I write short-form memoir and long-form narrative nonfiction. I dig deep to explore choices made, lessons lived and learned. My elixir is the pursuit of wonder that turns a half empty glass into a vibrant, heady, filled-to-the-brim life experience.
I am a work in progress, even in retirement. I’ve spent countless hours examining and re-examining my cellular makeup. I’ve assessed and analysed, challenged and capitulated, yearned and settled, and mostly, moved on. When stuck, I find ways to get going. When I’m racing too fast to hear my own thoughts, I plunk myself down and dig in. And when I am devoid of hope and joy and synchronicity, I realize I am down a tank of wonder. Ordinary, everyday wonder.
I live in Gibsons on BC’s Sunshine Coast, a place where EB White’s quotation about wonder is spelled out in childish block letters on the outside of the Arts Building. Where the mountains propel themselves straight out of the ocean’s clutches to heights that challenge rock climbers to summit, and the rest of us to gasp.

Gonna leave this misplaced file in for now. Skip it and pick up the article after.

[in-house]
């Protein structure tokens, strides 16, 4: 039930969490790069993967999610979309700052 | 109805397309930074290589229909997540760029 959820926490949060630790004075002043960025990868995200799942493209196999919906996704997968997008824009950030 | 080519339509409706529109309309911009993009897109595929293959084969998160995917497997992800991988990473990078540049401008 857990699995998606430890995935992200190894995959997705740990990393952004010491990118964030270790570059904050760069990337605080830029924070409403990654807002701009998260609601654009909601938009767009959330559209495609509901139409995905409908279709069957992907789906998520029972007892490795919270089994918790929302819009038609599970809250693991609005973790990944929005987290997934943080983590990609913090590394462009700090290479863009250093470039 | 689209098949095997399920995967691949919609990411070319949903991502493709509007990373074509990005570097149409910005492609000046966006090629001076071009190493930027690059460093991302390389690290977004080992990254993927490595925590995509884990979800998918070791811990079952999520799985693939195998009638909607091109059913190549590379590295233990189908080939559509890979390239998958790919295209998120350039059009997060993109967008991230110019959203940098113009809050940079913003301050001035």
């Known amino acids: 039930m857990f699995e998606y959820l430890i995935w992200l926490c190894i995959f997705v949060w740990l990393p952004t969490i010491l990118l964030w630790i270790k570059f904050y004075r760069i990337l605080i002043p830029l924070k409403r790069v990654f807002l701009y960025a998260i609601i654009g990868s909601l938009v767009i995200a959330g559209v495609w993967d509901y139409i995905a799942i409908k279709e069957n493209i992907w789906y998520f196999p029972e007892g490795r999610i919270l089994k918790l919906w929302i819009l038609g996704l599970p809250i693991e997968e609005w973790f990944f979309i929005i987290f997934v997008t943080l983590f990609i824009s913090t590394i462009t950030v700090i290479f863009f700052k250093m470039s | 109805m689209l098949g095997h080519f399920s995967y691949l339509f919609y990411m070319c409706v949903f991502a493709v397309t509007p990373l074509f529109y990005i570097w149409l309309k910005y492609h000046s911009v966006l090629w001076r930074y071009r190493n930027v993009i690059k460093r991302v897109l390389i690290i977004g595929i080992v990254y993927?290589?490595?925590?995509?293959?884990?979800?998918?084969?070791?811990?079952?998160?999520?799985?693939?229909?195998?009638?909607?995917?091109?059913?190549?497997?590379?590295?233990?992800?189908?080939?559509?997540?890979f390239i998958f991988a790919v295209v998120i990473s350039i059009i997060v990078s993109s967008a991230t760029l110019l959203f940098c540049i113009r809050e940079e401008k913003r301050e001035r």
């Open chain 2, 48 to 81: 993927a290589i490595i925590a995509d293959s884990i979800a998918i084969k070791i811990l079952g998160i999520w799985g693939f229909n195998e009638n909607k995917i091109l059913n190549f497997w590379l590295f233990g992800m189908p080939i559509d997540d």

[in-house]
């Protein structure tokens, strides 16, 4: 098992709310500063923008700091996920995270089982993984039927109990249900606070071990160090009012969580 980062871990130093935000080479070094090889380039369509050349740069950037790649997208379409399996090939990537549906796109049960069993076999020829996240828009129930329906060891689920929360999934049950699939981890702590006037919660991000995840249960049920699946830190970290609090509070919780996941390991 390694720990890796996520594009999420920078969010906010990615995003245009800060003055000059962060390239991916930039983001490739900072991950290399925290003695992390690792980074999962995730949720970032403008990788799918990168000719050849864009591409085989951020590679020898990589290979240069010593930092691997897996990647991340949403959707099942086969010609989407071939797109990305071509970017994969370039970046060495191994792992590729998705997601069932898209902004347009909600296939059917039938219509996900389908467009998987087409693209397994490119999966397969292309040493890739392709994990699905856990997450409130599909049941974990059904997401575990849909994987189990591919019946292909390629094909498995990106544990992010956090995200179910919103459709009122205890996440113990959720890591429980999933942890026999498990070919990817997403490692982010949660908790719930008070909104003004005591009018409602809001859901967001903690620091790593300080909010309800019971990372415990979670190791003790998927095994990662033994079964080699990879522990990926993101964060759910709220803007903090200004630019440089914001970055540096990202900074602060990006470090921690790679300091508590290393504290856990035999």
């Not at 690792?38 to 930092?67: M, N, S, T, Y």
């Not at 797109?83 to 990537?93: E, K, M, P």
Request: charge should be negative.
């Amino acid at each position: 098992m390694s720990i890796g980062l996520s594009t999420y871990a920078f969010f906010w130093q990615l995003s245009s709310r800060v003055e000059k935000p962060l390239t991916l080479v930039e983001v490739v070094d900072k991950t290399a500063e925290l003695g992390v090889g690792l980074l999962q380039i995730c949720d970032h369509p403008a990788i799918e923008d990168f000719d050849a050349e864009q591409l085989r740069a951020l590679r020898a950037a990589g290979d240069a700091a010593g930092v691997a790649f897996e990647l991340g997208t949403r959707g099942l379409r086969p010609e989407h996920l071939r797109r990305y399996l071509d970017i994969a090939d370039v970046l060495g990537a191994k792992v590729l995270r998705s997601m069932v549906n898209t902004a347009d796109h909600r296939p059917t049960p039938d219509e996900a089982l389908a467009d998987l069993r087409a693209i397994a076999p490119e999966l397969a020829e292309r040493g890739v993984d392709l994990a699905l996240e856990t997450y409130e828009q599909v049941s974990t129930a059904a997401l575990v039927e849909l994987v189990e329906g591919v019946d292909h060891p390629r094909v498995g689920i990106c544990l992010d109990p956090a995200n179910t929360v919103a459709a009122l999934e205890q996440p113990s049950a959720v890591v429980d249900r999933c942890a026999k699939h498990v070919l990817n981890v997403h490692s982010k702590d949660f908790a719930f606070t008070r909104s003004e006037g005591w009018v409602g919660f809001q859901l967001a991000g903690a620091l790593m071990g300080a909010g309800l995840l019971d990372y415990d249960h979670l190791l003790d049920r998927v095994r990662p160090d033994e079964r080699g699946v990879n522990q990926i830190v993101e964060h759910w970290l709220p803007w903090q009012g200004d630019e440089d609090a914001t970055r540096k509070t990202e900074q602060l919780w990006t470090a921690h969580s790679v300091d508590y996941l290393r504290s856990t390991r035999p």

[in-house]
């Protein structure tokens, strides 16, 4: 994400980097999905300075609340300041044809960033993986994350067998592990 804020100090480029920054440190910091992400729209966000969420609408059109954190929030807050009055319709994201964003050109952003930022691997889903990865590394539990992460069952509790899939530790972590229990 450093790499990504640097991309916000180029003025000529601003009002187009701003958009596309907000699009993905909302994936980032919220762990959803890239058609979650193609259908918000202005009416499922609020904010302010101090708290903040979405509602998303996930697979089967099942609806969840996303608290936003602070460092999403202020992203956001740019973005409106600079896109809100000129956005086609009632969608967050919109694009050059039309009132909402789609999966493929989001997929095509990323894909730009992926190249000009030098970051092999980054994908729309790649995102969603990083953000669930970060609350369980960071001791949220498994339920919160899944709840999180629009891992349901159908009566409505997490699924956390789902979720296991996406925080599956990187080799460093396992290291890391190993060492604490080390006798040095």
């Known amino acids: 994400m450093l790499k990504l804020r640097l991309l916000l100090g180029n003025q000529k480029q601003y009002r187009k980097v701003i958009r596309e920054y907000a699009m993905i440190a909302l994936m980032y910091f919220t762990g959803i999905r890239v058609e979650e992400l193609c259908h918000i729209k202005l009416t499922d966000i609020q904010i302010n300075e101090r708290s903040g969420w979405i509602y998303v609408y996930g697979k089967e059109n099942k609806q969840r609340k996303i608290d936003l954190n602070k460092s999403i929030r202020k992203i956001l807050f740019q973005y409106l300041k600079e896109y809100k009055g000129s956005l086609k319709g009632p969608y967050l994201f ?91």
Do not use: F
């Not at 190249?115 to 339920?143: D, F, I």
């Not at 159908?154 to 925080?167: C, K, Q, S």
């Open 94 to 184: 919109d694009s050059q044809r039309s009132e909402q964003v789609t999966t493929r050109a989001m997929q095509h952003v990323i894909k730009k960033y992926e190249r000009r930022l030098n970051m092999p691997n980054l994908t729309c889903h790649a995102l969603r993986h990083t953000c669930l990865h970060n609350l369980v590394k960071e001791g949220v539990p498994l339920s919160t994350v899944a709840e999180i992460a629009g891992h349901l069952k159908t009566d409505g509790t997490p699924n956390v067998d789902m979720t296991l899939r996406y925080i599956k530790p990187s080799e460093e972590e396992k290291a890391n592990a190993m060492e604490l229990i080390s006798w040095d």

I have learned voraciously since I finished a BA in the early ‘70’s. Lessons about loving, leaving, letting go in the ‘80’s. Clambering up the career ladder, against the odds in the ‘90s, before summiting as a VP at the glass ceiling.
Back to school for an MBA in 1999, so I’d have a shiny new credential to peddle when I tried to shop myself around at 50. Since then, I’ve a Certificate in Creative Writing, and a Master of Fine Arts (MFA) in Creative Writing at 66.
“A Fuller Life,” chronicles the journey of Michelle Fuller who was diagnosed in 1999, at age thirty, with a rare cancer only a specialist at Sloan Memorial in New York could identify. Twenty years later, Michelle’s resilience, fueled by meaning and purpose, is a clarion call for the rest of us to stop whining, and embrace possibility. I wrote her story to find out how she does it.
I am immersed in writing about the cornerstone of my sanity, my serenity, my life: a wood cabin built in the early twentieth century. Perched on a point in Howe Sound, redolent with the smell of cedar and salt water, lashed by waves and lapped by wavelets, the cabin’s resilience over more than a hundred years fills my tank with wonder. A series of linked short memoirs details the lessons I’ve learned and lived thanks to this wondrous haven.